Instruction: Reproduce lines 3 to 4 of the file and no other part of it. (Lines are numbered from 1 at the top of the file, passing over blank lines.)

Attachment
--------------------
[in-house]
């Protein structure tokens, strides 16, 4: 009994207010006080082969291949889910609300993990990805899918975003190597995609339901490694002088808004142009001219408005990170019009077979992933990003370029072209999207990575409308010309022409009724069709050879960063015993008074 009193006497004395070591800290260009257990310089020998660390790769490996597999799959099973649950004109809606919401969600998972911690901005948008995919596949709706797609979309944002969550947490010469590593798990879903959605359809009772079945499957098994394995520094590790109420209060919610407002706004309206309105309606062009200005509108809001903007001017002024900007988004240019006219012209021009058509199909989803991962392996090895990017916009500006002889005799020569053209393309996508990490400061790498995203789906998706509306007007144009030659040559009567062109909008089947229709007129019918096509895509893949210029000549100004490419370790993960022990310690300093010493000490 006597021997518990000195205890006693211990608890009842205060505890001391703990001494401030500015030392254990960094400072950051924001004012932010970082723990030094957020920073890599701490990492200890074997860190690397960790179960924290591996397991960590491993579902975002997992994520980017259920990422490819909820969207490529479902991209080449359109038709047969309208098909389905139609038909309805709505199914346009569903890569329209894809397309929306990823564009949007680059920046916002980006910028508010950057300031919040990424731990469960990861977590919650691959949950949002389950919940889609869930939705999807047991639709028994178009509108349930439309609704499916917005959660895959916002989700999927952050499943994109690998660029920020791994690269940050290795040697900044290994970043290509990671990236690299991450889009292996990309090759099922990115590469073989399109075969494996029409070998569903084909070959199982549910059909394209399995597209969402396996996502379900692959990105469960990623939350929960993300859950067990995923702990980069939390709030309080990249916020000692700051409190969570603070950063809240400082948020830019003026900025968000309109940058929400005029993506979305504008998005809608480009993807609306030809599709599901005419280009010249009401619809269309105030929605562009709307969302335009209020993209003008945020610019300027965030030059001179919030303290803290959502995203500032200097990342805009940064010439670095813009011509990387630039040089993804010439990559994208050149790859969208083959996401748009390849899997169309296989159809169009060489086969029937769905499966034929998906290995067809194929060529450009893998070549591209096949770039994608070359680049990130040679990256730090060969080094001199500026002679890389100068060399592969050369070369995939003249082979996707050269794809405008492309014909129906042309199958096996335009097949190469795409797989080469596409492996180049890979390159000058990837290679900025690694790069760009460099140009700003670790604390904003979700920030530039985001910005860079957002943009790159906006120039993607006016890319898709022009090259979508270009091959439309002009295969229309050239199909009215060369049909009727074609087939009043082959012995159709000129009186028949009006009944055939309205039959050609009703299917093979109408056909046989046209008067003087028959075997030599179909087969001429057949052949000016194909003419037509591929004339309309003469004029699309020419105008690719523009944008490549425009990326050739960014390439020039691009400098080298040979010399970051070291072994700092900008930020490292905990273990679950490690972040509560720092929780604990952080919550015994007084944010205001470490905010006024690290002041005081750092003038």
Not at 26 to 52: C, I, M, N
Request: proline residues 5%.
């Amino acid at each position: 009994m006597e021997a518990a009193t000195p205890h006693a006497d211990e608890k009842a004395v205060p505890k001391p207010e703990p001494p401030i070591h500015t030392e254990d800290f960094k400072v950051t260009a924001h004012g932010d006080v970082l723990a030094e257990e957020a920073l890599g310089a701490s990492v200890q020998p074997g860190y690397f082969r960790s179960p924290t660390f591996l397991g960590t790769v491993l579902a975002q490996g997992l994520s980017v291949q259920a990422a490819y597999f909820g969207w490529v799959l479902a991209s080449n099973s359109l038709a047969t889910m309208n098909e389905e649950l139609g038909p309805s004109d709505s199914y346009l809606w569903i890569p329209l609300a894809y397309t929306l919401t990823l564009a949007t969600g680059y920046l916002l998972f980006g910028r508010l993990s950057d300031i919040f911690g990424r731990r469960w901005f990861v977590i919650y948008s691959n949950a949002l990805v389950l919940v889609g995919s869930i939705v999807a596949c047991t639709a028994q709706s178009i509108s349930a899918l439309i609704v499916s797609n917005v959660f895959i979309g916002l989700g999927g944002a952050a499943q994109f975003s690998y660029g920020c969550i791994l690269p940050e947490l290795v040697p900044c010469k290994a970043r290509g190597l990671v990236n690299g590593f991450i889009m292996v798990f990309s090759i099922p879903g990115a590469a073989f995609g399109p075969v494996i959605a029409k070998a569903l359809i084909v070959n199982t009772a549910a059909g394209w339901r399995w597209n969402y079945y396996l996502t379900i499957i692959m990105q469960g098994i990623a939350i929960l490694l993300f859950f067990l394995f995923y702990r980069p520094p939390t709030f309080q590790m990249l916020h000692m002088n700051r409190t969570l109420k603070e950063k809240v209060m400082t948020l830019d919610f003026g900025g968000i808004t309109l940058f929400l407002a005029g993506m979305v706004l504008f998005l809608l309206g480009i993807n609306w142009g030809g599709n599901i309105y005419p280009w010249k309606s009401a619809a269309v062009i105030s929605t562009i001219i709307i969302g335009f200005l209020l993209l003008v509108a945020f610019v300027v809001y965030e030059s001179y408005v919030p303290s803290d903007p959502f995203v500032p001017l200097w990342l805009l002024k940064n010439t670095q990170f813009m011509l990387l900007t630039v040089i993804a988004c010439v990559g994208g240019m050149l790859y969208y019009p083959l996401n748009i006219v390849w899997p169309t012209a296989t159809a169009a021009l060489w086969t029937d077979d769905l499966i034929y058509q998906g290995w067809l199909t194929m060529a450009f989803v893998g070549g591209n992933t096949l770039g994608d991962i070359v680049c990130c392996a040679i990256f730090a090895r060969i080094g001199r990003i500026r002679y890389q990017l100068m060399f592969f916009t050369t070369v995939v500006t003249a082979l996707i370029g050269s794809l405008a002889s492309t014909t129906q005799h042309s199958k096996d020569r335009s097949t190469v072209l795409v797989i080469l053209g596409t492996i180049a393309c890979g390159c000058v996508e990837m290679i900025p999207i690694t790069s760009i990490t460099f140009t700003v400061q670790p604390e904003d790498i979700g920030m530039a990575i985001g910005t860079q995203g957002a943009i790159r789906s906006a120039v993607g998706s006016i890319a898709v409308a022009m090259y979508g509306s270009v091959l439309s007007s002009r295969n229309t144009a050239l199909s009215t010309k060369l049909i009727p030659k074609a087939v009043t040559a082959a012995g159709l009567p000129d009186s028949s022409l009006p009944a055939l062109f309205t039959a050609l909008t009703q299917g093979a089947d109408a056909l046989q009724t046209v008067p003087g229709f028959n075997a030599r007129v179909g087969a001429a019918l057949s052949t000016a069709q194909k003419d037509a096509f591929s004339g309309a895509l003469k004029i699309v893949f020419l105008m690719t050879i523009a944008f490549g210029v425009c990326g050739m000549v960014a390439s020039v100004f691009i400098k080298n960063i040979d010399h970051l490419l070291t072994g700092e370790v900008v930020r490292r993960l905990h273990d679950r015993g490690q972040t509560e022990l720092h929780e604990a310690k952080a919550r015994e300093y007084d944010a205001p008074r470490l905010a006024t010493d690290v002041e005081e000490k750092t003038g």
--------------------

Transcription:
Not at 26 to 52: C, I, M, N
Request: proline residues 5%.